It would be interesting to state the Q factor of the cantilever resonance and the minimum threshold power to observe the bistable operation. This would put the work in context to thermo-optic bistability in microring resonators. While the authors clearly state that the investigated system is not designed for its fast switching times or utilization as optical memory (and thus a comparison with these specifically designed systems is not really fair), it could allow readers from that background to more easily understand the system’s operation point.

We added a paragraph at the end of section 3.1 to describe the low quality of the optical resonator: The silicon film thus acts as a lossy Fabry-Pérot cavity. Due to the high absorption, it is an intrinsically bad resonator: at $\lambda=641$ nm for $h=2$ µm, the wavelength full-width at half-maximum of the transmission oscillation amplitude is $\delta \lambda \sim 16$ nm, while the free spectral range is $\Delta \lambda \sim 21$ nm, leading to a finesse $F = \Delta \lambda / \delta \lambda \sim 1.3$, and a quality factor of the optical resonator $Q = \lambda / \delta \lambda \sim 40$. Better optical figures of merit could be reach by tuning the wavelength towards infrared.

We address the minimum power in the next point.

One question that somehow remained unanswered was what the optimum cantilever height for one given wavelength is so that thermo-optic bistability occurs at minimum input powers.

To answer this question, let us refer to Eq. 10 and its graphical resolution of Fig. 5. One can see that for a given thickness $H$, the bistability is driven by the temperature, itself driven by the product of the input light power $P_0$ and the thermal resistance $\sim L/(W H k_{Si})$. The minimum power could in principle be arbitrary low as one could tune for example the width of the cantilver to very low values. $L$ could be increased as well to lower the threshold in power, but at the expense of an increased thermal relaxation time. Obviously, at some point thermal radiation would take over conduction for heat dissipation, but this is beyond the current description. In Fig. 6, the minimum power to trigger the bistability can be read from the color scale for the geometry described in the caption, and is close to 4 mW at the lower right extremity of the unstable areas. Exploring an extended thickness range reveals that this is near to the optimum (it gets a bit lower when lowering $H$, but the hysteresis gets stronger, up to melting the cantilever directly at the first instable point below 1 µm). This 4 mW minimum power is directly translated into 0.4 mW for $W=2.7$ µm for example. An even lower threshold power could be attained by further increasing the thermal resistance, engineering the shape of the beam away from a rectangular cantilever: one could for example design a racket like shape, with an area large enough to accommodate the laser on the Fabry-Pérot cavity side, and a minimalist leg of high thermal resistance connecting the optical cavity to the thermalised support. Optimisation of such a device is at reach with the ingredients of our current work, but beyond its scope ! We nevertheless added a few ideas about this discussion in the conclusion of the manuscript.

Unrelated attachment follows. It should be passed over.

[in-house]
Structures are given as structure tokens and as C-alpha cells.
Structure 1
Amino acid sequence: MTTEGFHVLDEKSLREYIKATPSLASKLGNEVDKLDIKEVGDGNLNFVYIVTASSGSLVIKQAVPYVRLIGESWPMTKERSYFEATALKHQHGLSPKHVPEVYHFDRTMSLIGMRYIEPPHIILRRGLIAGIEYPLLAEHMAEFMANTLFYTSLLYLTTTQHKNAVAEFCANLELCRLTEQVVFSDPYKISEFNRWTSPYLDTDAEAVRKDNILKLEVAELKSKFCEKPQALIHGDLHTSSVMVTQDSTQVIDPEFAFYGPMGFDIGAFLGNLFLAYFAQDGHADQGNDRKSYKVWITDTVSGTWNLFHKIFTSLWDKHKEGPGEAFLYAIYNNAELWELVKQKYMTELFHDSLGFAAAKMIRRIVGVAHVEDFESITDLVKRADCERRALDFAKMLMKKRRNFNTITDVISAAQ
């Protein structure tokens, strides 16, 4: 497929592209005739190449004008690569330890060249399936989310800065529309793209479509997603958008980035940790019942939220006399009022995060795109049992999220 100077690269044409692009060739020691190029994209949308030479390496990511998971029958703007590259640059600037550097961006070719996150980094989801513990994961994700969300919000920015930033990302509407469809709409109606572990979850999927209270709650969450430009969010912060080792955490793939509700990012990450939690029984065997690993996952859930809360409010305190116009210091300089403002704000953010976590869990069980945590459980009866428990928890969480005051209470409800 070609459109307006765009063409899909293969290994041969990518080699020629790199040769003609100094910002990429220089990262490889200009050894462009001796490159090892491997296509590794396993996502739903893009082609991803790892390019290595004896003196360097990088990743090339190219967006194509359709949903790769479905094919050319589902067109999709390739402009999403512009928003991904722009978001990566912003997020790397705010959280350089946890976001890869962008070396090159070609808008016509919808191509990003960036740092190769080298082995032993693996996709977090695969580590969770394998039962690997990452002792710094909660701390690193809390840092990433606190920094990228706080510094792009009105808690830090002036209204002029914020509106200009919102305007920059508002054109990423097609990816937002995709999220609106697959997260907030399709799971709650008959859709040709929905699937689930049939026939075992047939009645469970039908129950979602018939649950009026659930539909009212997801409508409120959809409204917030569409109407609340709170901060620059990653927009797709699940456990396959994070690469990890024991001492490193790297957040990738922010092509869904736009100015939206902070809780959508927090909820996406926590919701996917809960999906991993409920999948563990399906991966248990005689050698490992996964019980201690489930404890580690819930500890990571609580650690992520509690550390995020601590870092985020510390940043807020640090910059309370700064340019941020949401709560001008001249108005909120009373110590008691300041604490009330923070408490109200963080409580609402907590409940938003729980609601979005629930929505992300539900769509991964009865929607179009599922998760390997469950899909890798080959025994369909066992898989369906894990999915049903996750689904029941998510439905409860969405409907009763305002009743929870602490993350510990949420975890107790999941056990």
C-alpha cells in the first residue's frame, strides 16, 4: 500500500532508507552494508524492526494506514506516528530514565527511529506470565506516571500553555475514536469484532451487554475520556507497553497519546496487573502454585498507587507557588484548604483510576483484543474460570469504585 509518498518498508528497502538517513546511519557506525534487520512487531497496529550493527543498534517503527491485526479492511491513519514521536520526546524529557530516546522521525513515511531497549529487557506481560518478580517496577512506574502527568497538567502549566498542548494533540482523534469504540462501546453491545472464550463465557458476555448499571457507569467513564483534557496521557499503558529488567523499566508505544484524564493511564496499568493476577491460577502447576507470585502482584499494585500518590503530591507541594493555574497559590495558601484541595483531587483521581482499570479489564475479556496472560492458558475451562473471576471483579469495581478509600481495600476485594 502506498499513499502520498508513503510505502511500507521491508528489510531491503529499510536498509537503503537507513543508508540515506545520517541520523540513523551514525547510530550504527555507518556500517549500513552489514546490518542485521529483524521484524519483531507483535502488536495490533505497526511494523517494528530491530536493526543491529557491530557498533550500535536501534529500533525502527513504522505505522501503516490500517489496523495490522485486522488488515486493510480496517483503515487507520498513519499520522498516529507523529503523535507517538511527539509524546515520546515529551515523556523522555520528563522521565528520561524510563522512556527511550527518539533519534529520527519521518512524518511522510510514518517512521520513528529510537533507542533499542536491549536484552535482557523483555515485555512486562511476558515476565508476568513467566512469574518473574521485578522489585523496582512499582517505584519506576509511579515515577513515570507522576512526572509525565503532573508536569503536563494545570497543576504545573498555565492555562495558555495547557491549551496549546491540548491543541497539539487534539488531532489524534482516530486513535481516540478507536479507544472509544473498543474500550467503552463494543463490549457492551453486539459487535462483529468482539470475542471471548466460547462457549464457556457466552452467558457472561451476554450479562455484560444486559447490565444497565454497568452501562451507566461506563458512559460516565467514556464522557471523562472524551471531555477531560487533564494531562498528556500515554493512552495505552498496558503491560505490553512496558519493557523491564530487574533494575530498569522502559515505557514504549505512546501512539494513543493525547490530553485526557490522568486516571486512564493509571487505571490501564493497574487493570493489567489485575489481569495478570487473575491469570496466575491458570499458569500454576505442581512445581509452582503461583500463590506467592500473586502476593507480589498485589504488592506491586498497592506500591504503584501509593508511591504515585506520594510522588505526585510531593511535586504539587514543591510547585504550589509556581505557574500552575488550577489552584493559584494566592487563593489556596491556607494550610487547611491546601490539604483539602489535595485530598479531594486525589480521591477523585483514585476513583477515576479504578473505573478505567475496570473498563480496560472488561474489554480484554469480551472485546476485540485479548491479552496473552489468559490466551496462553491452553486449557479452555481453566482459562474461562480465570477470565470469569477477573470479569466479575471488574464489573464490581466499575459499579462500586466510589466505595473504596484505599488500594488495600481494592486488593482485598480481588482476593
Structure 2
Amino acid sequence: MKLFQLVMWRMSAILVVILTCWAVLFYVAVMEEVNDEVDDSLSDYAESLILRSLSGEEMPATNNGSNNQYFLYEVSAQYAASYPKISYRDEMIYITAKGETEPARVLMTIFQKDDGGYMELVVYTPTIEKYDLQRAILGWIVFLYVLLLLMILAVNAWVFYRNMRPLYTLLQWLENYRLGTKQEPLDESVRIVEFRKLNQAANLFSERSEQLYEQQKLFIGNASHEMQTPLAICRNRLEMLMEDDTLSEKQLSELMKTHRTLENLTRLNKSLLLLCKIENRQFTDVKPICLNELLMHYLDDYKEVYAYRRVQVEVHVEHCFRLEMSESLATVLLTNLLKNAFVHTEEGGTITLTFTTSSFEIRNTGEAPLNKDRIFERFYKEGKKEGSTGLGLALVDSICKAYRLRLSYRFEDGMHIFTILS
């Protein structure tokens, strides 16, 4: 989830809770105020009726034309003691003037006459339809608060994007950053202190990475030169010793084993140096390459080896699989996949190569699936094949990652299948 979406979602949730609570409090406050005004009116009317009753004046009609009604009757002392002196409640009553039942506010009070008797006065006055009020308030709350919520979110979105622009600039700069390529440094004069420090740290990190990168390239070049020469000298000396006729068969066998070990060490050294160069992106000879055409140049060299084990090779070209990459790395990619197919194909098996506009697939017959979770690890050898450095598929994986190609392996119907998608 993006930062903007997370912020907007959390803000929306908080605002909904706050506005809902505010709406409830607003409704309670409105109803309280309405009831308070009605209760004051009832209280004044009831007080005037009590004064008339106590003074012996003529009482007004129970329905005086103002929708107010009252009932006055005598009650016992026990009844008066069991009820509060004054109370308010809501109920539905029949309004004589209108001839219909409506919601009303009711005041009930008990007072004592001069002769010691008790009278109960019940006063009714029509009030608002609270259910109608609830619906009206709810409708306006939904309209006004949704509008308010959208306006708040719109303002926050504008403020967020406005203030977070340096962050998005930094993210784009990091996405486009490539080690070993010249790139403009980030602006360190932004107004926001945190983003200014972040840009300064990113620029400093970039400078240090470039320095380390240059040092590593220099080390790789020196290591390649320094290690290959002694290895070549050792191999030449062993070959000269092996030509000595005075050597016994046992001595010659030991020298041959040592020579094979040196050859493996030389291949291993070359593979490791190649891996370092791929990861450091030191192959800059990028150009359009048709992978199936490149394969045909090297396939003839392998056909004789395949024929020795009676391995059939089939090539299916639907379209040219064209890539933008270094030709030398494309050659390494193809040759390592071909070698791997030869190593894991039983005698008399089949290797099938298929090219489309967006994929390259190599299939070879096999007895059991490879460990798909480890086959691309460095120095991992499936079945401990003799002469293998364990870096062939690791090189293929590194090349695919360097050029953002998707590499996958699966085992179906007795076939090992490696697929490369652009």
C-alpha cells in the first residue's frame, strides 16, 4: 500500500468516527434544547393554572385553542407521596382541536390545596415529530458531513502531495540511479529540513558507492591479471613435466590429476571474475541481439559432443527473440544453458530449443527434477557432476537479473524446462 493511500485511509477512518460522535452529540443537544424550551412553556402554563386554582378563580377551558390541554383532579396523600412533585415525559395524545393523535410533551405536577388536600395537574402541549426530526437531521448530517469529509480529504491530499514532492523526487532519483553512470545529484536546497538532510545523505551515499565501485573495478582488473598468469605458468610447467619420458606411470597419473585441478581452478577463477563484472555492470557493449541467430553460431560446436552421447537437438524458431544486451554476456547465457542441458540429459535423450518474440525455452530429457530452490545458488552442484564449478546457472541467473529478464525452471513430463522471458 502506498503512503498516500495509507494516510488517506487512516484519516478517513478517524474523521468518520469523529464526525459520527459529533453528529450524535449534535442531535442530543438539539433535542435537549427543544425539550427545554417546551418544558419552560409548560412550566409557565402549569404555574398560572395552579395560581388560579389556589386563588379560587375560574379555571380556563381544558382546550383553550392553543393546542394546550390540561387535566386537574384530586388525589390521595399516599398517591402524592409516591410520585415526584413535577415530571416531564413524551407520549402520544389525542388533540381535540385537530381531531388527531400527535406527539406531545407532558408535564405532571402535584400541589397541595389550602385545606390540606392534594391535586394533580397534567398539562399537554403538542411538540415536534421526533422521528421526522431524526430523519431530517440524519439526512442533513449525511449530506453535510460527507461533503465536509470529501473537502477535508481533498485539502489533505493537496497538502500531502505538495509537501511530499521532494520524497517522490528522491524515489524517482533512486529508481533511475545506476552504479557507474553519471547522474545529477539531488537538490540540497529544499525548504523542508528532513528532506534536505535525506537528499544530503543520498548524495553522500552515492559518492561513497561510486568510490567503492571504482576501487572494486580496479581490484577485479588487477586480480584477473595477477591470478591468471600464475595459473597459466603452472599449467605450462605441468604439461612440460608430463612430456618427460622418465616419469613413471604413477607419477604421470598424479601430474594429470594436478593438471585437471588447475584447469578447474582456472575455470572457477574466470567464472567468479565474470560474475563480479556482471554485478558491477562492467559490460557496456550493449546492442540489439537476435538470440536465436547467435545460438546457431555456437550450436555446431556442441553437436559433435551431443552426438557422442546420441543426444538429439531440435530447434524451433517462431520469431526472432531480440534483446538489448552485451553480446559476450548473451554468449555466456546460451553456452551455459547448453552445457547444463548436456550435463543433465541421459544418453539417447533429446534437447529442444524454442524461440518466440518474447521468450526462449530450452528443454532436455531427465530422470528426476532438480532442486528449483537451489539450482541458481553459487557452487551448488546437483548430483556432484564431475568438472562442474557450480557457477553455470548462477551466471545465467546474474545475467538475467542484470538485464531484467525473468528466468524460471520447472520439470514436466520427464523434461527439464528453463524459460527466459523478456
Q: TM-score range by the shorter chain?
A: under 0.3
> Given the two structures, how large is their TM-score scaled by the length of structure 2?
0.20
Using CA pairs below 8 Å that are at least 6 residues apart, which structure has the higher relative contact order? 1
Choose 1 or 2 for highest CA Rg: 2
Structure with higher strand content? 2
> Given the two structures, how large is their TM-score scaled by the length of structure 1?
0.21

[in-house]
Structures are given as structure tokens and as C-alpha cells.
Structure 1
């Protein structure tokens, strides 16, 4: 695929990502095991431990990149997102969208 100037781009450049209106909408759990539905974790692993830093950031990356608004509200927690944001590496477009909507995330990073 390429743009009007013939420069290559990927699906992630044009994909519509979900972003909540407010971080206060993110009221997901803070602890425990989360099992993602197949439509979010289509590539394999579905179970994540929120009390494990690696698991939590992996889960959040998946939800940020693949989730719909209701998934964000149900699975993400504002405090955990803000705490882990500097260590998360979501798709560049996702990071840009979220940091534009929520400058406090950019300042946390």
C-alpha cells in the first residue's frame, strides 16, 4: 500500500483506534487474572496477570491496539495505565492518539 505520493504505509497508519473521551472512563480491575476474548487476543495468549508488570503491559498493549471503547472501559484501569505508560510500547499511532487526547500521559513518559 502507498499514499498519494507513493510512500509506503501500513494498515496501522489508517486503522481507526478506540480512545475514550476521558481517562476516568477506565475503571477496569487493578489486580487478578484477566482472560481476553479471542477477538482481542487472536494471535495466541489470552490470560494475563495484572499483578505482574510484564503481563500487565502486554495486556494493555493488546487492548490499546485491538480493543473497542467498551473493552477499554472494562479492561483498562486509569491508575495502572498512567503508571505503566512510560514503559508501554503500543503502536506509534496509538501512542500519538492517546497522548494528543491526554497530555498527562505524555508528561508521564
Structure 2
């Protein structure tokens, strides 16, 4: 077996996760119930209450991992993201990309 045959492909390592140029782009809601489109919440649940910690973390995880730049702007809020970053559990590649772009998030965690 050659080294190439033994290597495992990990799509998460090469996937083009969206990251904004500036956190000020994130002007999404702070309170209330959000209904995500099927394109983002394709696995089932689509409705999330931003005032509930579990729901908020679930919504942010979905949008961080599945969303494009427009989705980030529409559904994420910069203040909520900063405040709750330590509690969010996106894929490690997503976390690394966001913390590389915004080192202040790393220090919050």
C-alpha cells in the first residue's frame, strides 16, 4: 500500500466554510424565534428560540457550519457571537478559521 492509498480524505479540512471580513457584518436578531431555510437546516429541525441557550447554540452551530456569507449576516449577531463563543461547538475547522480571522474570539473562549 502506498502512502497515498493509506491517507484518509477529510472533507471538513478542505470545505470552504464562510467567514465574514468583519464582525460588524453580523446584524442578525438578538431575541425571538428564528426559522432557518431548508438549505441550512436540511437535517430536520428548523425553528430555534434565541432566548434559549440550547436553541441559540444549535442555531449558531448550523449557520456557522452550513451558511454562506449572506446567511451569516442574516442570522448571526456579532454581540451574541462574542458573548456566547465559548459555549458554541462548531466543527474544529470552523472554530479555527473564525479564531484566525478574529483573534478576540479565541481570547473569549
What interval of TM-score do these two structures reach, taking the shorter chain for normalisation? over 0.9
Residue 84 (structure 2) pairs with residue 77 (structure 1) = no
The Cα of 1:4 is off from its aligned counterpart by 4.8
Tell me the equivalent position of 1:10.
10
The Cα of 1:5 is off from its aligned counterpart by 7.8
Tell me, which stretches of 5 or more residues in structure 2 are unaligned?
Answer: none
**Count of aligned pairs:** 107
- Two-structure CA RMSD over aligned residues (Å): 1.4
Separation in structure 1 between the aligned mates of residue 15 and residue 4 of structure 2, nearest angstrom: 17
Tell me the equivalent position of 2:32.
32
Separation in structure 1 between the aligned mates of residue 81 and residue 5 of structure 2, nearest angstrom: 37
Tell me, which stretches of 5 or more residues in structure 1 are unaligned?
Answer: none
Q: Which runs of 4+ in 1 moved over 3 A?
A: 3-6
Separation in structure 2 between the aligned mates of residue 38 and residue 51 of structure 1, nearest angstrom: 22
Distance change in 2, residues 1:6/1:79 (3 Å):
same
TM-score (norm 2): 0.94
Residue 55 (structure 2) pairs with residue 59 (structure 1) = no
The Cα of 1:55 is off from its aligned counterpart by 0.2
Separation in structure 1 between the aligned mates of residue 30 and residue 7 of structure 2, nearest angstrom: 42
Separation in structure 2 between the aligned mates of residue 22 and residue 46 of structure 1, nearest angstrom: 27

At the beginning of section II, the authors state that due to the poor reflectivity of silicon of only 37%, the material thus absorbs a significant fraction of visible light. I am not sure if I would really combine these two aspects without stating the bandgap position of silicon. For example, AlAs exhibits only significant absorption below 570 nm, while still retaining a high refractive index of 3.1, meaning a reflectivity of also around 26%. I agree with the authors that due to Kramers-Kronig relations, the high refractive index is linked to a wide band of absorption, but this could be shifted outside of the spectral region of interest. This is just nit-picking here, I don’t think a real change is required, maybe just a small reformulation of the statement.

We reformulated the approximative sentence: For visible light, silicon is neither transparent nor a good mirror (reflectivity of around 37%).

Weaknesses: Potentially too little emphasis on possible applications of the observed bistability regarding the necessary high optical powers

The discussion above on the minimum optical powers, and its inclusion in the conclusion of the manuscript hopefully addresses the light weakness noted here by the referee.

Requested changes...

All three requested changes were taken into account in the new manuscript.

Anonymous Report 1 on 2021-3-8 (Invited Report)

  • Cite as: Anonymous, Report on arXiv:2101.12157v1, delivered 2021-03-08, doi: 10.21468/SciPost.Report.2666

Report

The authors report on a thermo-mechanical bi-stability in a microfabricated cantilever. The effect results in a large variation of the transmitted and reflected laser power. The bi-stability is described in an accurate way by a model based on the temperature dependence of the refractive index and the thermal expansion of the cantilever. The manuscript is written in a precise way. I recommend publication.

  • validity: high
  • significance: good
  • originality: good
  • clarity: high
  • formatting: good
  • grammar: good

Author:  Ludovic Bellon  on 2021-04-20  [id 1372]

(in reply to Report 1 on 2021-03-08)

We thank the reviewer for his positive review of our manuscript.